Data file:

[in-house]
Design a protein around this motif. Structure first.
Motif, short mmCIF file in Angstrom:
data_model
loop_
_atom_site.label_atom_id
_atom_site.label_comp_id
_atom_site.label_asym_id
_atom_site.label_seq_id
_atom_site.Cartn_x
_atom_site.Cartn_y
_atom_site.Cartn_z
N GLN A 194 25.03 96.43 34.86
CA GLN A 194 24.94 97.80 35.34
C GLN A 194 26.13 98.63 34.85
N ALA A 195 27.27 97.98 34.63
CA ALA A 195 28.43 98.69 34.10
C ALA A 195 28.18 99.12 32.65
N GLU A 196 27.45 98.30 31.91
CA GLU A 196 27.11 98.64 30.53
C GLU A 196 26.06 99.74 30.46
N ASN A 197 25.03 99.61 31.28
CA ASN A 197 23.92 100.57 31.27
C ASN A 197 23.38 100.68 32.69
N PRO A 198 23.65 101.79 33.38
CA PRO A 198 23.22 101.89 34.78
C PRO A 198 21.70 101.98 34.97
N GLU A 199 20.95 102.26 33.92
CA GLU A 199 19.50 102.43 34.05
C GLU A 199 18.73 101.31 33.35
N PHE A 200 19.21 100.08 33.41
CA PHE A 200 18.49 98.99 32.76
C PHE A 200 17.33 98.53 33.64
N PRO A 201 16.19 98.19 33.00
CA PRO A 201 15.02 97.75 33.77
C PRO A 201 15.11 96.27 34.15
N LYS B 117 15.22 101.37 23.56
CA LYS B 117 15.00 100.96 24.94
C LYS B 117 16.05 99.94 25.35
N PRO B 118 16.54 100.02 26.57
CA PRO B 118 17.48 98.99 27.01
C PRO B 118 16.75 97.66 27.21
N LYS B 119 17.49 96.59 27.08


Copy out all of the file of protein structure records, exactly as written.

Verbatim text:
[in-house]
Design a protein around this motif. Structure first.
Motif, short mmCIF file in Angstrom:
data_model
loop_
_atom_site.label_atom_id
_atom_site.label_comp_id
_atom_site.label_asym_id
_atom_site.label_seq_id
_atom_site.Cartn_x
_atom_site.Cartn_y
_atom_site.Cartn_z
N GLN A 194 25.03 96.43 34.86
CA GLN A 194 24.94 97.80 35.34
C GLN A 194 26.13 98.63 34.85
N ALA A 195 27.27 97.98 34.63
CA ALA A 195 28.43 98.69 34.10
C ALA A 195 28.18 99.12 32.65
N GLU A 196 27.45 98.30 31.91
CA GLU A 196 27.11 98.64 30.53
C GLU A 196 26.06 99.74 30.46
N ASN A 197 25.03 99.61 31.28
CA ASN A 197 23.92 100.57 31.27
C ASN A 197 23.38 100.68 32.69
N PRO A 198 23.65 101.79 33.38
CA PRO A 198 23.22 101.89 34.78
C PRO A 198 21.70 101.98 34.97
N GLU A 199 20.95 102.26 33.92
CA GLU A 199 19.50 102.43 34.05
C GLU A 199 18.73 101.31 33.35
N PHE A 200 19.21 100.08 33.41
CA PHE A 200 18.49 98.99 32.76
C PHE A 200 17.33 98.53 33.64
N PRO A 201 16.19 98.19 33.00
CA PRO A 201 15.02 97.75 33.77
C PRO A 201 15.11 96.27 34.15
N LYS B 117 15.22 101.37 23.56
CA LYS B 117 15.00 100.96 24.94
C LYS B 117 16.05 99.94 25.35
N PRO B 118 16.54 100.02 26.57
CA PRO B 118 17.48 98.99 27.01
C PRO B 118 16.75 97.66 27.21
N LYS B 119 17.49 96.59 27.08